Even at an early age, toddlers can begin to learn about the value of money with games where they trade currency for goods (like playing pretend market games). However, once they start to recognize and differentiate money, around the age of 4-5, you can start your lessons in earnest. Here are several easy ways to teach kids about saving at different ages.
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1. Play With Fake Money
Toddlers are more likely to put coins in their mouth than spend them, so safety demands faux money. But even at the age of three you can start to introduce the basic concept of trading one thing for another.
2. Skip the Piggy Bank
By the age of 4-5, it’s safe to give children real money – and a place to put it. Piggy banks are cool, but a clear mason jar lets kids see their money accumulating over time, which is a great visual reinforcement of the benefits of saving.
3. Spend a Little, Save a Little
When kids get money for birthdays or holidays, make them save a portion and allow them to spend the rest. Show the benefits of saving by socking money away to purchase a bigger toy.
4. Make a Goal Chart
Suppose your child wants an expensive toy. Make a thermometer chart to track the savings. Even kindergarteners understand this simple, visual tool.
5. Lead By Example
Make a point of taking your kids to the bank with you when you put money into your savings account. It’s more work than doing it online, but it makes a powerful impression.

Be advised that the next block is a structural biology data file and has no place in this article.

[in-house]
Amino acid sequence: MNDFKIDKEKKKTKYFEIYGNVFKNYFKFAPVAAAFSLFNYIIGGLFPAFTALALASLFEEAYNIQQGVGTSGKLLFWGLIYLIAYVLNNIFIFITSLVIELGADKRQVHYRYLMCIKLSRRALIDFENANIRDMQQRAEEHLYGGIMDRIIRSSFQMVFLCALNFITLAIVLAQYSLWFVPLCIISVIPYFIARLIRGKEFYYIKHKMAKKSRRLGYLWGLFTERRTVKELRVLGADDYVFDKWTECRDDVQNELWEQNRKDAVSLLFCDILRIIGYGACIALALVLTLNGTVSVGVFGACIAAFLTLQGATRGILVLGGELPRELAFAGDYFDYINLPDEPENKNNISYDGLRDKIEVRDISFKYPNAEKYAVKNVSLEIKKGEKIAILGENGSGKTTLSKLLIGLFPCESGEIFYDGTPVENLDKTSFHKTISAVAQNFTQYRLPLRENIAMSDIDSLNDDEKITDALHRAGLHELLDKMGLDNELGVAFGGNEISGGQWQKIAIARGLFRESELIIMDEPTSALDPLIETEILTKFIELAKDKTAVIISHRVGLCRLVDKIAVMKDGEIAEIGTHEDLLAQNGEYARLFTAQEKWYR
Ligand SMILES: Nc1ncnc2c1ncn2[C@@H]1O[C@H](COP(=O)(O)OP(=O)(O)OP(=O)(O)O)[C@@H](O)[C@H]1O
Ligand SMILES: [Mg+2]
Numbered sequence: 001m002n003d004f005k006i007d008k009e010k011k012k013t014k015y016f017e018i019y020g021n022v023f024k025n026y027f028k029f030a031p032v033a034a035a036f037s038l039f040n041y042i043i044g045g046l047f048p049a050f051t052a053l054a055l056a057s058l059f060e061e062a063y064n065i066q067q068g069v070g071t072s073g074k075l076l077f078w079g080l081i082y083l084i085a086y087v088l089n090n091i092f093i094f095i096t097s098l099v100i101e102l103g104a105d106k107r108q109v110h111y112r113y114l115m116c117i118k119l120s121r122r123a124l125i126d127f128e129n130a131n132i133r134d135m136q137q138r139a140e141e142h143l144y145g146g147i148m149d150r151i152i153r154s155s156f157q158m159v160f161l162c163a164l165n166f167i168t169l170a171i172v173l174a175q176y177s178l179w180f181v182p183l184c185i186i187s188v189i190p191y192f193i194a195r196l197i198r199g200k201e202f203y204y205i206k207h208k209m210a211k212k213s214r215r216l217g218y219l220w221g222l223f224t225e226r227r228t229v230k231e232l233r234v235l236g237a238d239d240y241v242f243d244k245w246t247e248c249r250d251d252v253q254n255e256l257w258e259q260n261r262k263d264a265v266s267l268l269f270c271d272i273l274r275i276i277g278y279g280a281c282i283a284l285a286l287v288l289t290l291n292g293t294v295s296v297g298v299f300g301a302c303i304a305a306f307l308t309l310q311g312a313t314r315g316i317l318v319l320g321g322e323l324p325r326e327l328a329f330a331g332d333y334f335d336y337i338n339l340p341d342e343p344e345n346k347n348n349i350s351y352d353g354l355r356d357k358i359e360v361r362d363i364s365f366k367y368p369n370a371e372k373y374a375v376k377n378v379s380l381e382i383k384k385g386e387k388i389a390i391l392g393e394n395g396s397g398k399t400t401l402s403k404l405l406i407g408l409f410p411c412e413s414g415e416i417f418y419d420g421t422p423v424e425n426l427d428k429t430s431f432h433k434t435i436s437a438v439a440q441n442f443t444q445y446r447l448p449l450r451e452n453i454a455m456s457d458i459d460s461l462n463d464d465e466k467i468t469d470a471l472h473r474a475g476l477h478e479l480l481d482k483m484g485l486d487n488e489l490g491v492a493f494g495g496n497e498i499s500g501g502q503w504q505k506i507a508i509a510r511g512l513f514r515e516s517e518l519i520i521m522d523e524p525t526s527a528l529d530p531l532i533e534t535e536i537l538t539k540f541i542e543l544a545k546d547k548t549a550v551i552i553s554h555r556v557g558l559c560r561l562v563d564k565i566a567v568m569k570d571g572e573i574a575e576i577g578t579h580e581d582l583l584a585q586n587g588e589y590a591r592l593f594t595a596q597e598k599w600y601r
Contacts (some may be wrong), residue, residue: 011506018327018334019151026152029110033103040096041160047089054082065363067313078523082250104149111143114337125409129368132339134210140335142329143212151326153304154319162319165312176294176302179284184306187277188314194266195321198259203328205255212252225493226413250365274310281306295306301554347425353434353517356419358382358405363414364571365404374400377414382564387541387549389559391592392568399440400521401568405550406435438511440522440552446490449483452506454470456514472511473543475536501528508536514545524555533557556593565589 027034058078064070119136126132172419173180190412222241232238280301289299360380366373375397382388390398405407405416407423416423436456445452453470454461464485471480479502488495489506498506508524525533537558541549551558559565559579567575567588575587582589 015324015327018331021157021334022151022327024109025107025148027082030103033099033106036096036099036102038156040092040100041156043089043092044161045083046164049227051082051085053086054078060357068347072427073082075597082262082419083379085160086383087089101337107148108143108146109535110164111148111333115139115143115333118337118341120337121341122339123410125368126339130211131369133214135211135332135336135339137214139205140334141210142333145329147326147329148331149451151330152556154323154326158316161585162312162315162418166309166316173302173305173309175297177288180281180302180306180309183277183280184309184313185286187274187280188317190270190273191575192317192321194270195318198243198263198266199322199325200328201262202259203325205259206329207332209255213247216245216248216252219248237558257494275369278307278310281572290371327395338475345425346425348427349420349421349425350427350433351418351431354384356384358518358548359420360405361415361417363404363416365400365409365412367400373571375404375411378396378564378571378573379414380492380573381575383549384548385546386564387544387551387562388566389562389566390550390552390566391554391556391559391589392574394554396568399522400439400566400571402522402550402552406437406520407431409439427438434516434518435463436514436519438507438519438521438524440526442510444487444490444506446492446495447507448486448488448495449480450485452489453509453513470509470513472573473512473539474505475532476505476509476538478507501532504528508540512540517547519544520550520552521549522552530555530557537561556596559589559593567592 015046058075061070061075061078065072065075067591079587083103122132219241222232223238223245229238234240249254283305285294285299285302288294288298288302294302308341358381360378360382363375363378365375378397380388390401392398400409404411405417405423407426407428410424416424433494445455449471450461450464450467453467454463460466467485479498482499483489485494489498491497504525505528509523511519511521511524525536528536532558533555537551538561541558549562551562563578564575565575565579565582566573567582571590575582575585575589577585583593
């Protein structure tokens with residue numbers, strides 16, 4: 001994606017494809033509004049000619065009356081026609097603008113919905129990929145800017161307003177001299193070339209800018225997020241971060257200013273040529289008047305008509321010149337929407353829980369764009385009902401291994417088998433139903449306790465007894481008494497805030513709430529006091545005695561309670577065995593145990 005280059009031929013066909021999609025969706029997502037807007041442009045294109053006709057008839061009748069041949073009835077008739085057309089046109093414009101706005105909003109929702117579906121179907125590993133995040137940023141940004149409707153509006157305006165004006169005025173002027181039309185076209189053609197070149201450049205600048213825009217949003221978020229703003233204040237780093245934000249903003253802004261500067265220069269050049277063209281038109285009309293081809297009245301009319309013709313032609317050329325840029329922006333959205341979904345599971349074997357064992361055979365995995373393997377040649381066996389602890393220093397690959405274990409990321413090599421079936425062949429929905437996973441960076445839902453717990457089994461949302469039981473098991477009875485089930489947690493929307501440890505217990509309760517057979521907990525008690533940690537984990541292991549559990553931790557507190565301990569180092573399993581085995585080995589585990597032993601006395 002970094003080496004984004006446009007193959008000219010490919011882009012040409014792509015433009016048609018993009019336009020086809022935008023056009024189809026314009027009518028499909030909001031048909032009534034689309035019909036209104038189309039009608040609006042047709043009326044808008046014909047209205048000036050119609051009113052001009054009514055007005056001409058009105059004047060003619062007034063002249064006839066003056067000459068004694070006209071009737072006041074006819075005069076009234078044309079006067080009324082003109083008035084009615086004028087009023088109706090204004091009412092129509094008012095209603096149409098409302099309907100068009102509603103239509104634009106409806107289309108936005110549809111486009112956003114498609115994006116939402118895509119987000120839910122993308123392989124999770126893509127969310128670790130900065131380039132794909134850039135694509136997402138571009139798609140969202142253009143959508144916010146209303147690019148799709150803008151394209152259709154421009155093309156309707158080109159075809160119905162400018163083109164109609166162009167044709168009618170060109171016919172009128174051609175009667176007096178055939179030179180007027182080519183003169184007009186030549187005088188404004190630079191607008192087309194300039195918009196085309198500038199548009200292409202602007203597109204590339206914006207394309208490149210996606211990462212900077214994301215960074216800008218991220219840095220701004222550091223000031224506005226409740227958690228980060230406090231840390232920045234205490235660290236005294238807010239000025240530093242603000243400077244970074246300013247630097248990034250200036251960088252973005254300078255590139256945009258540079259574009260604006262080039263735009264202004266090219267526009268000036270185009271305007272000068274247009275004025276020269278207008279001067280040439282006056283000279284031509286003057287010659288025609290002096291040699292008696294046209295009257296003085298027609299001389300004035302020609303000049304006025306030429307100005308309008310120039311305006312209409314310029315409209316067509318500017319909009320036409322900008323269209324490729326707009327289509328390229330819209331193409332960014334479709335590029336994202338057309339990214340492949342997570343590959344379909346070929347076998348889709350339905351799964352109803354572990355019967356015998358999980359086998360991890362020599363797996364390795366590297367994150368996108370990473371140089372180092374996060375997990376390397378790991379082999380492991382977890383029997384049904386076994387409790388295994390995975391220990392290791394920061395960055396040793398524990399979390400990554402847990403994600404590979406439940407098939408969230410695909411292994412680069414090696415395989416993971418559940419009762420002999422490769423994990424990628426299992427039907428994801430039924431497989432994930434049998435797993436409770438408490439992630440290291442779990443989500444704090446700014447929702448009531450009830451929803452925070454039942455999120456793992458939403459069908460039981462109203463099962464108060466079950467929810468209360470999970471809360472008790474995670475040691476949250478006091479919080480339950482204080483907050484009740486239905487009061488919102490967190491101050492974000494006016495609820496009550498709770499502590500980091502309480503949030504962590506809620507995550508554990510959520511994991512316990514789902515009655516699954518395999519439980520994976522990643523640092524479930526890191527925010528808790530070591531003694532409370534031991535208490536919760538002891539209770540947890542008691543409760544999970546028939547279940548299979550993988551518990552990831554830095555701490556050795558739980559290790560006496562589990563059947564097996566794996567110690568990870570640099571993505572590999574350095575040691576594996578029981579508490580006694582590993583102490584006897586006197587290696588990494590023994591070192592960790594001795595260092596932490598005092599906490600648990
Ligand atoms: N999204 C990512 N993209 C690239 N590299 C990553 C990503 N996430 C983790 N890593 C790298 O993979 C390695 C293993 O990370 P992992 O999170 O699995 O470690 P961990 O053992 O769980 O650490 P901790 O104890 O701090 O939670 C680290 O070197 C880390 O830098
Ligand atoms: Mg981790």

6. Start Giving Allowance
With motor skills developing nicely by age five or six, you can start having kids help with household chores and giving them an allowance. At this point you can take your child to the bank to open a savings account, complete with a ledger. This is also a good way to practice basic math like addition and subtraction.
7. Match Savings
At age seven or eight, your child is starting to understand more complex math, so you can introduce the concept of monetary growth. Whatever your child earns from chores or gets from gifts, offer to match what he/she puts into savings and discuss how it increases growth.
8. Allow for Mistakes
Even young children understand consequences, and by second or third grade you should start letting yours make basic monetary decisions. Allow your kid to blow his money on small items so that he can learn a lesson when he realizes the more expensive item he was saving for is now beyond his reach. This can be a powerful lesson.
9. Highlight the Advantages
Plan a vacation and explain to elementary-age kids how you were able to do it with money from your savings.
10. Explain Value
By fourth and fifth grade, your kids are ready to learn more complex lessons about monetary value, so have them help you clip coupons and comparison shop (by purchasing store versus generic brands to see the difference in price and value) so they can start to understand the value of money versus goods and see how to save even when they spend.